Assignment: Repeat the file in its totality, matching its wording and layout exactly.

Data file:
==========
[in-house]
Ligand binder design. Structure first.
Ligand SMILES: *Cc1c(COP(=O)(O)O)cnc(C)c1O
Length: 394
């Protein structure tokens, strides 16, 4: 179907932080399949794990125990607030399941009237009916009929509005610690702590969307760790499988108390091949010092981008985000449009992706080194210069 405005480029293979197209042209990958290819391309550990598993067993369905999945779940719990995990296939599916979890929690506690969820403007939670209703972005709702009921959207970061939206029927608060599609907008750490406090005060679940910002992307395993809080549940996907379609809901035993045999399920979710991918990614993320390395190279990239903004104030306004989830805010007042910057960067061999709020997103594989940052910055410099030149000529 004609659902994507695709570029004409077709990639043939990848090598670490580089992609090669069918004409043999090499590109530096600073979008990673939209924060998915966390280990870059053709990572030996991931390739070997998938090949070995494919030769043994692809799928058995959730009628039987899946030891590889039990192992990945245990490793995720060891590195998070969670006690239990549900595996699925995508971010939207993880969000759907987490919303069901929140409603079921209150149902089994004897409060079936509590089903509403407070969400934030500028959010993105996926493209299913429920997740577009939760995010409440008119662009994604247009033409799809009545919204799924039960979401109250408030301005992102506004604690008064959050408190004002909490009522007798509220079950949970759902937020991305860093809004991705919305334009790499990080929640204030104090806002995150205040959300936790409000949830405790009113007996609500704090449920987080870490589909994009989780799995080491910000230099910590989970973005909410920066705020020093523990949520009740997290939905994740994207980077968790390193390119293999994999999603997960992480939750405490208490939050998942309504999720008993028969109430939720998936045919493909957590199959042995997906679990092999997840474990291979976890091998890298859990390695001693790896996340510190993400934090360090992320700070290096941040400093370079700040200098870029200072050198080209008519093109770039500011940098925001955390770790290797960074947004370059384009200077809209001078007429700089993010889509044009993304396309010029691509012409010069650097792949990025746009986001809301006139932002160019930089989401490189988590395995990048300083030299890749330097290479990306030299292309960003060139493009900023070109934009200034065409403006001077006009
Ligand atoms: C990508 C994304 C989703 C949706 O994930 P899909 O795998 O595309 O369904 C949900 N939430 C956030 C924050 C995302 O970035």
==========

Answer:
[in-house]
Ligand binder design. Structure first.
Ligand SMILES: *Cc1c(COP(=O)(O)O)cnc(C)c1O
Length: 394
């Protein structure tokens, strides 16, 4: 179907932080399949794990125990607030399941009237009916009929509005610690702590969307760790499988108390091949010092981008985000449009992706080194210069 405005480029293979197209042209990958290819391309550990598993067993369905999945779940719990995990296939599916979890929690506690969820403007939670209703972005709702009921959207970061939206029927608060599609907008750490406090005060679940910002992307395993809080549940996907379609809901035993045999399920979710991918990614993320390395190279990239903004104030306004989830805010007042910057960067061999709020997103594989940052910055410099030149000529 004609659902994507695709570029004409077709990639043939990848090598670490580089992609090669069918004409043999090499590109530096600073979008990673939209924060998915966390280990870059053709990572030996991931390739070997998938090949070995494919030769043994692809799928058995959730009628039987899946030891590889039990192992990945245990490793995720060891590195998070969670006690239990549900595996699925995508971010939207993880969000759907987490919303069901929140409603079921209150149902089994004897409060079936509590089903509403407070969400934030500028959010993105996926493209299913429920997740577009939760995010409440008119662009994604247009033409799809009545919204799924039960979401109250408030301005992102506004604690008064959050408190004002909490009522007798509220079950949970759902937020991305860093809004991705919305334009790499990080929640204030104090806002995150205040959300936790409000949830405790009113007996609500704090449920987080870490589909994009989780799995080491910000230099910590989970973005909410920066705020020093523990949520009740997290939905994740994207980077968790390193390119293999994999999603997960992480939750405490208490939050998942309504999720008993028969109430939720998936045919493909957590199959042995997906679990092999997840474990291979976890091998890298859990390695001693790896996340510190993400934090360090992320700070290096941040400093370079700040200098870029200072050198080209008519093109770039500011940098925001955390770790290797960074947004370059384009200077809209001078007429700089993010889509044009993304396309010029691509012409010069650097792949990025746009986001809301006139932002160019930089989401490189988590395995990048300083030299890749330097290479990306030299292309960003060139493009900023070109934009200034065409403006001077006009
Ligand atoms: C990508 C994304 C989703 C949706 O994930 P899909 O795998 O595309 O369904 C949900 N939430 C956030 C924050 C995302 O970035």